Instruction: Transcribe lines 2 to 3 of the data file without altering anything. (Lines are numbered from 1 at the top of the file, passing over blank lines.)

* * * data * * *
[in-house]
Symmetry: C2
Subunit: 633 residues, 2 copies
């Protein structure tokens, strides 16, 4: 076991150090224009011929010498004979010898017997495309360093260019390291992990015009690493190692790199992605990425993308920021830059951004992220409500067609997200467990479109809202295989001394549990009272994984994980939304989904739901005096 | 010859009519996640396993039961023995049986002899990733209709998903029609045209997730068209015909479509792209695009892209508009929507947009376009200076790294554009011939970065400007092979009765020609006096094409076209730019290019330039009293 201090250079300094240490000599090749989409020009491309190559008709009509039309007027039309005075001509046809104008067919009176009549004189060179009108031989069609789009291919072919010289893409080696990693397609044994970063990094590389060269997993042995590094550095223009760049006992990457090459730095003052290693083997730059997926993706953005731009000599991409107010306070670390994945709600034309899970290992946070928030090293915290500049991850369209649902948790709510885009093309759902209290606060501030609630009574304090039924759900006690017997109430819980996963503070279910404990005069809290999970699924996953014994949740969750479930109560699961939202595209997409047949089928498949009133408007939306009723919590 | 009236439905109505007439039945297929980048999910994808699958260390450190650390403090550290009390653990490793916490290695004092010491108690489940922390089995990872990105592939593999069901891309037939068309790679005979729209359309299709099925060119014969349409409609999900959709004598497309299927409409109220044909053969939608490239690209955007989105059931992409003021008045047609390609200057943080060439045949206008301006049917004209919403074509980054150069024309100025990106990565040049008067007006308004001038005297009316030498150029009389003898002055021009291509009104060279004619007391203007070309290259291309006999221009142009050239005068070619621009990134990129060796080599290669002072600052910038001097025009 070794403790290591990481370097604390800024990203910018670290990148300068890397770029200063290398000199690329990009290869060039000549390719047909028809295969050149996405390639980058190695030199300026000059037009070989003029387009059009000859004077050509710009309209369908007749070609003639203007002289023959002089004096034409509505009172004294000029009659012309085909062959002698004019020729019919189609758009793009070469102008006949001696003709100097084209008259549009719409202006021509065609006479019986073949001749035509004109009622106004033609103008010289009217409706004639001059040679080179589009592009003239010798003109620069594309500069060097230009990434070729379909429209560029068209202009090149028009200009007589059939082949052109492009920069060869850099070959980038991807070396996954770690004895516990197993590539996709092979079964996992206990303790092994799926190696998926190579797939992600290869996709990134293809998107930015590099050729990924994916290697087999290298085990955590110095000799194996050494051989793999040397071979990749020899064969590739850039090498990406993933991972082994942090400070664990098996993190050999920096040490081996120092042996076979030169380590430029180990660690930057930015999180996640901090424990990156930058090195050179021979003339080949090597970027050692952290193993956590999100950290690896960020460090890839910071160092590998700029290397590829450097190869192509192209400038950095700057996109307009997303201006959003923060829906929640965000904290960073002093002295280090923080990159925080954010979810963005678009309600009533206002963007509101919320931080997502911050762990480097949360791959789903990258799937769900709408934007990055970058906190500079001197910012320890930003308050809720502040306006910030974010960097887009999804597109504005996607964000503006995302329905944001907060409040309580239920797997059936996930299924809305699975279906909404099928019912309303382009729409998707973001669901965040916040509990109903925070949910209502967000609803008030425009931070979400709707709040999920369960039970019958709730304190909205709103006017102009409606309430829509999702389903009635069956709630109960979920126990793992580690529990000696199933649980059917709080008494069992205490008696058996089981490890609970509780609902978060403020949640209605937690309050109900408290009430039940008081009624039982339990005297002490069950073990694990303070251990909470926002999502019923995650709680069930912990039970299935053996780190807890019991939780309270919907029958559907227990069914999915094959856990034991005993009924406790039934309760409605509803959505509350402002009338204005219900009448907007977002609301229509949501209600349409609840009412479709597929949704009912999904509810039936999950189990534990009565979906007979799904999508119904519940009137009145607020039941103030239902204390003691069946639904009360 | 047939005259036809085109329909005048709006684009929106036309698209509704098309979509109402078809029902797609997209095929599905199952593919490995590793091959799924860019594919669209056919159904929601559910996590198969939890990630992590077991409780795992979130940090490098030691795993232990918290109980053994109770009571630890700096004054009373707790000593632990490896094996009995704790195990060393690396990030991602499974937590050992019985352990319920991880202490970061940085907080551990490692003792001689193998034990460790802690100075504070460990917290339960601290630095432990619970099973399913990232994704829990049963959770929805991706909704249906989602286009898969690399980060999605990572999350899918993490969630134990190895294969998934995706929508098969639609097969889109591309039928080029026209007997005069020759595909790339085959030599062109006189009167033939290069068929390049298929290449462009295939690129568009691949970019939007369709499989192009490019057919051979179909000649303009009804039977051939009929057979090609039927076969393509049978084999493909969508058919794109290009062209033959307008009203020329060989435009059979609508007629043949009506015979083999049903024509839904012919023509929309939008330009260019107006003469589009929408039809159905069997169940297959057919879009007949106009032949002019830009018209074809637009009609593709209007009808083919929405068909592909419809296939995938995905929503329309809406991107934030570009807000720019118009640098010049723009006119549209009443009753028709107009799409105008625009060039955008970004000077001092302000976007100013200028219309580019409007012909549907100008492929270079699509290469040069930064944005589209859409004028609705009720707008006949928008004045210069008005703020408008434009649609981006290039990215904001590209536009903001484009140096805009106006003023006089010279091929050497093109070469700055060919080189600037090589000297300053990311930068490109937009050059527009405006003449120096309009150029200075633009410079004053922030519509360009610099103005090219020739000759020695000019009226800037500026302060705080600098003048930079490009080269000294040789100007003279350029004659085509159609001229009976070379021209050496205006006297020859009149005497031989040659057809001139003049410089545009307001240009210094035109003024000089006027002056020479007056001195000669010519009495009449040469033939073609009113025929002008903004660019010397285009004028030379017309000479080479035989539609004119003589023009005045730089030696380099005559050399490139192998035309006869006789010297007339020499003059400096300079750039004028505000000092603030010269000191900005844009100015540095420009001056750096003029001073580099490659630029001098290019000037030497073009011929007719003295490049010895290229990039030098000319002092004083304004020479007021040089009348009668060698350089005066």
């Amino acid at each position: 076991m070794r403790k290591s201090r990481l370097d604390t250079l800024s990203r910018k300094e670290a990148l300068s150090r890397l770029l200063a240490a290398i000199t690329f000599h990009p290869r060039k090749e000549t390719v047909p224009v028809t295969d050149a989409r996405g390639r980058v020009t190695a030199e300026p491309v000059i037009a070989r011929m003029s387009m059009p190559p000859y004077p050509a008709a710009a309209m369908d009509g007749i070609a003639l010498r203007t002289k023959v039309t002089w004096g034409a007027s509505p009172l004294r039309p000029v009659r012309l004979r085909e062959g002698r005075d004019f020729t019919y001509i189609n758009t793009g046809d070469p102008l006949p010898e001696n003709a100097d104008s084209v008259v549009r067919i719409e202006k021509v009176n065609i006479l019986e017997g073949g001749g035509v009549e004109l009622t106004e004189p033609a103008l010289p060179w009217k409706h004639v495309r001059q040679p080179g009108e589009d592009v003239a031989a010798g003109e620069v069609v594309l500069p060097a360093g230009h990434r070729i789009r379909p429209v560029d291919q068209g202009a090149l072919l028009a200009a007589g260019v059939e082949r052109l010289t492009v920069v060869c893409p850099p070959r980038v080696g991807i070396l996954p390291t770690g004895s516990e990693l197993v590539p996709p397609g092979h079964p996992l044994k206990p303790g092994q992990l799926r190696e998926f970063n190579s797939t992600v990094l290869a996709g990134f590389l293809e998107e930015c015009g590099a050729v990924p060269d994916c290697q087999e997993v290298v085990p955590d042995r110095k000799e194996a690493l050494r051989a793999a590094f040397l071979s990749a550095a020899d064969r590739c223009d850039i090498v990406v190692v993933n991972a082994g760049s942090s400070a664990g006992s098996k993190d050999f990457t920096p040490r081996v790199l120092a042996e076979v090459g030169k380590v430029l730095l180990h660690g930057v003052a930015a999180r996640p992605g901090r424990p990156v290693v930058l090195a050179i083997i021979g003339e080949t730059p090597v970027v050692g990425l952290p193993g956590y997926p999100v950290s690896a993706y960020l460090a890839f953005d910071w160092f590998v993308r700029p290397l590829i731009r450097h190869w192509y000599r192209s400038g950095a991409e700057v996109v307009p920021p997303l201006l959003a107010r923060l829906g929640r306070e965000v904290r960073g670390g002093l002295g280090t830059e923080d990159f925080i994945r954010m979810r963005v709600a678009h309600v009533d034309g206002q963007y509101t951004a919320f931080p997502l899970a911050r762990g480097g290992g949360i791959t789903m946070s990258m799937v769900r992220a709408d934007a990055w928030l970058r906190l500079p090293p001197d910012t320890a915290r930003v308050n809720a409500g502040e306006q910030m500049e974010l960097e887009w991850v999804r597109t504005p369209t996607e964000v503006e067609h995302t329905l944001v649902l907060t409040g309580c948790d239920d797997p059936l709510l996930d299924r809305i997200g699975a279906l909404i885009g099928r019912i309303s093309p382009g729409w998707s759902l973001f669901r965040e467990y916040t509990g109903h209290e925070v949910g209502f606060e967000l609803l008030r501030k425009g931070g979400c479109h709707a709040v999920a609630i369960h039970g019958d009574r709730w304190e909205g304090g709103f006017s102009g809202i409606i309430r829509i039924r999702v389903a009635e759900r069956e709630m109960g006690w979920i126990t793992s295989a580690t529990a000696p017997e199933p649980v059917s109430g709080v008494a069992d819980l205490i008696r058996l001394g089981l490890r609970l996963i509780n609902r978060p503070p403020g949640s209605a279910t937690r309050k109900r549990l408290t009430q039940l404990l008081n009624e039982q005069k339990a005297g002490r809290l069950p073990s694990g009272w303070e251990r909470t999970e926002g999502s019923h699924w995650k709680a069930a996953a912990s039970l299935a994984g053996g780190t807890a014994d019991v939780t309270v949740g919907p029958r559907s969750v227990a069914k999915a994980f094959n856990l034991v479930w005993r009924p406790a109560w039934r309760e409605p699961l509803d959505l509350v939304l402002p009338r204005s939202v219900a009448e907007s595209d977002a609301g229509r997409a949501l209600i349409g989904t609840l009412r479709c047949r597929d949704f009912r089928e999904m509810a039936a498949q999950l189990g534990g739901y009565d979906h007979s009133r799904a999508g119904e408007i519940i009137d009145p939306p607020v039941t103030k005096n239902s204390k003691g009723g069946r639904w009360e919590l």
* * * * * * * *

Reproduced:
Symmetry: C2
Subunit: 633 residues, 2 copies